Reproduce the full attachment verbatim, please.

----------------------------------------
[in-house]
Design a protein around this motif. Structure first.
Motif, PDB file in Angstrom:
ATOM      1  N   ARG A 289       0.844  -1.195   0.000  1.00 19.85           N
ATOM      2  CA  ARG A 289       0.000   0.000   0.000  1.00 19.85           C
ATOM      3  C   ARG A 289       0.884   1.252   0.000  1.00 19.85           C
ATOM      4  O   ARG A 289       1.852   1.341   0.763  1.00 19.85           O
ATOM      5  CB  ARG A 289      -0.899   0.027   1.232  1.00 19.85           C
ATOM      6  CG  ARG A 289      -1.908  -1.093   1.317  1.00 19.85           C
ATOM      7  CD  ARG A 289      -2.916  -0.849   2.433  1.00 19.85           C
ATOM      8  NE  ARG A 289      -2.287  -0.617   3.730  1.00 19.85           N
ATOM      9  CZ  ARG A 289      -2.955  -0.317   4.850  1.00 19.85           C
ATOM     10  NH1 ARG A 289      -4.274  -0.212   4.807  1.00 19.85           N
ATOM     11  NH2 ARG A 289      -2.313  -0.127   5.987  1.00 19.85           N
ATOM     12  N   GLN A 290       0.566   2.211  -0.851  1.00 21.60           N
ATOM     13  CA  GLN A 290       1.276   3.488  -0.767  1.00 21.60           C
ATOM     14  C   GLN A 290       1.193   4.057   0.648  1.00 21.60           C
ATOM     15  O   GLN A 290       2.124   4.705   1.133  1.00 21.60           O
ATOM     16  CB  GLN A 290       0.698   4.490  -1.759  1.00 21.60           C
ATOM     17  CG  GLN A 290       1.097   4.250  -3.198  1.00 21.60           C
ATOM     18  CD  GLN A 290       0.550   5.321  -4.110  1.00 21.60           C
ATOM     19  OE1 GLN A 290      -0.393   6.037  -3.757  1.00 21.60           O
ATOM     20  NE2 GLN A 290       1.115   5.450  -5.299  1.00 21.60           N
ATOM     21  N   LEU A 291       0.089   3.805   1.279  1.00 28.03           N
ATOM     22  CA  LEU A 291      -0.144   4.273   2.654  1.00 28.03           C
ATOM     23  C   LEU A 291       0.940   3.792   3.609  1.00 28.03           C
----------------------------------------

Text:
[in-house]
Design a protein around this motif. Structure first.
Motif, PDB file in Angstrom:
ATOM      1  N   ARG A 289       0.844  -1.195   0.000  1.00 19.85           N
ATOM      2  CA  ARG A 289       0.000   0.000   0.000  1.00 19.85           C
ATOM      3  C   ARG A 289       0.884   1.252   0.000  1.00 19.85           C
ATOM      4  O   ARG A 289       1.852   1.341   0.763  1.00 19.85           O
ATOM      5  CB  ARG A 289      -0.899   0.027   1.232  1.00 19.85           C
ATOM      6  CG  ARG A 289      -1.908  -1.093   1.317  1.00 19.85           C
ATOM      7  CD  ARG A 289      -2.916  -0.849   2.433  1.00 19.85           C
ATOM      8  NE  ARG A 289      -2.287  -0.617   3.730  1.00 19.85           N
ATOM      9  CZ  ARG A 289      -2.955  -0.317   4.850  1.00 19.85           C
ATOM     10  NH1 ARG A 289      -4.274  -0.212   4.807  1.00 19.85           N
ATOM     11  NH2 ARG A 289      -2.313  -0.127   5.987  1.00 19.85           N
ATOM     12  N   GLN A 290       0.566   2.211  -0.851  1.00 21.60           N
ATOM     13  CA  GLN A 290       1.276   3.488  -0.767  1.00 21.60           C
ATOM     14  C   GLN A 290       1.193   4.057   0.648  1.00 21.60           C
ATOM     15  O   GLN A 290       2.124   4.705   1.133  1.00 21.60           O
ATOM     16  CB  GLN A 290       0.698   4.490  -1.759  1.00 21.60           C
ATOM     17  CG  GLN A 290       1.097   4.250  -3.198  1.00 21.60           C
ATOM     18  CD  GLN A 290       0.550   5.321  -4.110  1.00 21.60           C
ATOM     19  OE1 GLN A 290      -0.393   6.037  -3.757  1.00 21.60           O
ATOM     20  NE2 GLN A 290       1.115   5.450  -5.299  1.00 21.60           N
ATOM     21  N   LEU A 291       0.089   3.805   1.279  1.00 28.03           N
ATOM     22  CA  LEU A 291      -0.144   4.273   2.654  1.00 28.03           C
ATOM     23  C   LEU A 291       0.940   3.792   3.609  1.00 28.03           C